Science 2 min read

New Research Links Ultra-fine Particles With Brain Cancer



A recent study has finally linked tiny particles produced by moving vehicles with brain cancer.

Brain cancers are rare. In the United States, the incidence of the disease is six cases per 100,000. By comparison, breast cancer and prostate cancer are 125 per 100,000 and 120 per 100,000, respectively.

Although we know little about the causes of brain cancer and brain tumor, health professionals have some theories. These include exposure to X-rays and specific genetic syndrome.

Also, previous research has suggested that ultrafine particles produced by vehicles can carry carcinogen chemicals to the brain. However, the link between brain cancer and these nanoparticles has remained hazy until now.

According to a newly published paper in the journal Epidemiology, a one-year increase in pollution exposure of 10,000 nanoparticles per cubic centimeter increased the risk of brain cancer by over 10 percent.

A professor at the Barcelona Institute for Global Health in Spain, who was not involved in the study, Jordi Sunyer said:

“This is an important finding, given that UFPs are directly emitted by combustion cars, and several studies in animals have shown UFPs could be more toxic than larger particles.”

Finding the Link Between UFP and Brain Cancer

For the study, the researchers examined medical records and air pollution exposure of 1.9 million adults in Toronto and Montreal. The research focused on a 25-year period, between 1991 and 2016.

During this time, the pollution level in the cities ranged from 6,000/cm3 to 97,000/cm3. Analysis of the record shows a strong correlation between brain cancer and nanoparticles.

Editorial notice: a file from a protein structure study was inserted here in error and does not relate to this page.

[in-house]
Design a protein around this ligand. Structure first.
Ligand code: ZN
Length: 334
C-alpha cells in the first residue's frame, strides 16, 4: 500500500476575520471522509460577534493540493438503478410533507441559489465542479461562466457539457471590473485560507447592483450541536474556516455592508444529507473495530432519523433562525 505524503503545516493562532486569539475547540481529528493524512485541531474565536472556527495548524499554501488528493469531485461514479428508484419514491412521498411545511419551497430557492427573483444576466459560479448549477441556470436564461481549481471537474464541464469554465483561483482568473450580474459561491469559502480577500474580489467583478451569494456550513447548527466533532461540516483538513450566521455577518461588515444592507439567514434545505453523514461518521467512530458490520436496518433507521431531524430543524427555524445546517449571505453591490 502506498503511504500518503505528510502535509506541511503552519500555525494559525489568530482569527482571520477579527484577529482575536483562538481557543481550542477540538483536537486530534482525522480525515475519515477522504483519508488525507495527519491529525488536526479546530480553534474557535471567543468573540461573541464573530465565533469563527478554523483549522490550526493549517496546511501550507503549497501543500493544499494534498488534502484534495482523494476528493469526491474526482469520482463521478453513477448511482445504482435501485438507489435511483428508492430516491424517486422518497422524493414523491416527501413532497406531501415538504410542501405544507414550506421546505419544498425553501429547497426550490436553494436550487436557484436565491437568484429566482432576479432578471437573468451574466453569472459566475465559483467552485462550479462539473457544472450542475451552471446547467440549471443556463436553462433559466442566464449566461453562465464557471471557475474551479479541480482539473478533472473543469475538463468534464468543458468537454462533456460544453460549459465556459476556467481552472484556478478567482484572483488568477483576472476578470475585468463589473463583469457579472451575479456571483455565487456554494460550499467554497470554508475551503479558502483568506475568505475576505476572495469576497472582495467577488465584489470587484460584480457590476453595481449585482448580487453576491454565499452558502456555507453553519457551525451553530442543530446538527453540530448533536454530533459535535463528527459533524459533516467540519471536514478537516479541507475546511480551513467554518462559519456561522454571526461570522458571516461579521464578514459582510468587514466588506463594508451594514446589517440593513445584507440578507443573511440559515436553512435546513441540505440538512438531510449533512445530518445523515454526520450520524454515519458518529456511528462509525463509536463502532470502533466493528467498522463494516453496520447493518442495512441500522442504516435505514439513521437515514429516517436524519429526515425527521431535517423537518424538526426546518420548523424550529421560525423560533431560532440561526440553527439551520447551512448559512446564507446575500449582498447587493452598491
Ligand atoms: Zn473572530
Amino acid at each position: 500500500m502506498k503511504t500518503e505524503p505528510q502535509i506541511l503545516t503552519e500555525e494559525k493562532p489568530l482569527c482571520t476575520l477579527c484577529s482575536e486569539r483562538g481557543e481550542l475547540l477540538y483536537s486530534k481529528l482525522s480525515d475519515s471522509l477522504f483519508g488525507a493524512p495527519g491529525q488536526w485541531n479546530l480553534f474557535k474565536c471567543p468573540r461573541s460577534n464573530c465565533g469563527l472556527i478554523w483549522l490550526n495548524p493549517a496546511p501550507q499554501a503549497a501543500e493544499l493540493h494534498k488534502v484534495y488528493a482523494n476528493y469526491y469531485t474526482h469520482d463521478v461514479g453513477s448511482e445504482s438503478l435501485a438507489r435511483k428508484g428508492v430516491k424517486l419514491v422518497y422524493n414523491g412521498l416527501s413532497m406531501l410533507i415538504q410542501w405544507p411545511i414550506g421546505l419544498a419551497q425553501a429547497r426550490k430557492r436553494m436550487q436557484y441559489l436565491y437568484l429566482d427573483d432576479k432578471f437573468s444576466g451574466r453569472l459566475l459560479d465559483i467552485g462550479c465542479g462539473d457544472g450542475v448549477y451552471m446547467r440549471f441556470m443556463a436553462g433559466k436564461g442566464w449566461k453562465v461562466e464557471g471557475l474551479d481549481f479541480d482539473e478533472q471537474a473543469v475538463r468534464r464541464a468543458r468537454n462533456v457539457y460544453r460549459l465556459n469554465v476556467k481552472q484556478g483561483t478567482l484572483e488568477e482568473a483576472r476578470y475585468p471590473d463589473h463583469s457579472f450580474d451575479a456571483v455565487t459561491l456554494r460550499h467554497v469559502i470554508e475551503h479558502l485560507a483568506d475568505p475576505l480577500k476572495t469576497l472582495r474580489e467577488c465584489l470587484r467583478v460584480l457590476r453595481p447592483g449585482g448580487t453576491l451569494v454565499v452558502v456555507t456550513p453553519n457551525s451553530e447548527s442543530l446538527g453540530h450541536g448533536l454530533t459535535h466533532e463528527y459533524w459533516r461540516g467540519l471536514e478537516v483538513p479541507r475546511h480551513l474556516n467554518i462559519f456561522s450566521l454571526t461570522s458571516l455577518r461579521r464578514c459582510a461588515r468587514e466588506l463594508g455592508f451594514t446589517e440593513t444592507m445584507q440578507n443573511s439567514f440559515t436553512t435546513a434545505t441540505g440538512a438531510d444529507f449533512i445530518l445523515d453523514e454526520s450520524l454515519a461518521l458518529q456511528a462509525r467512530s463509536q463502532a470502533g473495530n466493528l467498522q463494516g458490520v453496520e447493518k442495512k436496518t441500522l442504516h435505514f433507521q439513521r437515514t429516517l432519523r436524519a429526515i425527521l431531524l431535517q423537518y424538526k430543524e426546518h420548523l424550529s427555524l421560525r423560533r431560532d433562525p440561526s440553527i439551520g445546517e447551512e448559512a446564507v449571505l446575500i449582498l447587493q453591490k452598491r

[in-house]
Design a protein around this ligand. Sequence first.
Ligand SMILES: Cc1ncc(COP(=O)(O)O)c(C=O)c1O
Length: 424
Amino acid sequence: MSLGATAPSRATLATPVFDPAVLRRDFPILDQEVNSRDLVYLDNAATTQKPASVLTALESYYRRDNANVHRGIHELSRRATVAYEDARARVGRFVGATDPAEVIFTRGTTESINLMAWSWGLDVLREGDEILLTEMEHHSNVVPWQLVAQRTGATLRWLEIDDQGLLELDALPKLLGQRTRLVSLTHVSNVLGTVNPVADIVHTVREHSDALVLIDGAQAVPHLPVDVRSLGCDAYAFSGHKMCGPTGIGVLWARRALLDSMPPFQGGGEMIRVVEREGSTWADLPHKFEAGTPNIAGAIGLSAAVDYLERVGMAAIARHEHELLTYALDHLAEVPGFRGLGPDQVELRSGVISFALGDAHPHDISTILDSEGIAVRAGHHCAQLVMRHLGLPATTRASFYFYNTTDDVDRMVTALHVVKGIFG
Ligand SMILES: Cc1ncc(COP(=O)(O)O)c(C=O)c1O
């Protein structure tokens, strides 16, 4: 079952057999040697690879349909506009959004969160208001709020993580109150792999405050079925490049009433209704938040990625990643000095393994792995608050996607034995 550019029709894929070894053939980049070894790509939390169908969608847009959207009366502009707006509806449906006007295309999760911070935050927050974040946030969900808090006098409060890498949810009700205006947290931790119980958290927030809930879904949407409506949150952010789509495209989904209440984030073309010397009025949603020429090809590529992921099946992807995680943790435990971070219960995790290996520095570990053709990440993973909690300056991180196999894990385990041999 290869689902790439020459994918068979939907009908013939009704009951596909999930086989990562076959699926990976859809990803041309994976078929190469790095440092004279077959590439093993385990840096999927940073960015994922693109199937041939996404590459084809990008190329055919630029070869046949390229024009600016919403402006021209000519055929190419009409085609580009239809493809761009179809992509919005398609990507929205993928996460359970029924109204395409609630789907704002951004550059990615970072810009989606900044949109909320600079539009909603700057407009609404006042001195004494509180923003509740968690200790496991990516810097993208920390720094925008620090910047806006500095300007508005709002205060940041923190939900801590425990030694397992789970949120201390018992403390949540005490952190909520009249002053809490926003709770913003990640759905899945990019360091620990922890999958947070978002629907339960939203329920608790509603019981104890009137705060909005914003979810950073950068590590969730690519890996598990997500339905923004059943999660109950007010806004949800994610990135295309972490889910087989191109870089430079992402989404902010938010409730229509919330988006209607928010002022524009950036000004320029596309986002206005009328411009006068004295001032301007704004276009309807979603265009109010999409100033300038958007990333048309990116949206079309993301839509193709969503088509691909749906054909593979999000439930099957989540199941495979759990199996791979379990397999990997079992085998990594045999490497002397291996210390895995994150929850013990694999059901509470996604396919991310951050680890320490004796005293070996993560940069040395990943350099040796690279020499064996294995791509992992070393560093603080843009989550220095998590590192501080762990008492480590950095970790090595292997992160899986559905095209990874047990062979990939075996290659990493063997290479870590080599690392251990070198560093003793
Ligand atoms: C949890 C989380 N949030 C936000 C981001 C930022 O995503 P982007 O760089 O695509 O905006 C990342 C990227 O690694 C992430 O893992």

According to the lead author of the study, Scott Weichenthal, higher exposure to UFP increases the chances of brain cancer. To be precise, residents living with pollution of 50,000/cm3 have a 50 percent higher risk of brain cancer than those living with 15,000/cm3.

What’s more, the result was “surprisingly consistent,” says the Weichenthal.

With that said, the researcher points out that the study is the first of its kind. So, other researchers must replicate it to confirm the findings. Also, while the extensive research suggests strong evidence, it didn’t establish a causal link.

We don’t know a lot about the causes of brain tumors, so any environmental factors we can identify are helpful in increasing understanding,” Weichenthal concluded.

Read More: Air Pollution Can Accelerate Progression of Emphysema of the Lung

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Sumbo Bello

Sumbo Bello is a creative writer who enjoys creating data-driven content for news sites. In his spare time, he plays basketball and listens to Coldplay.

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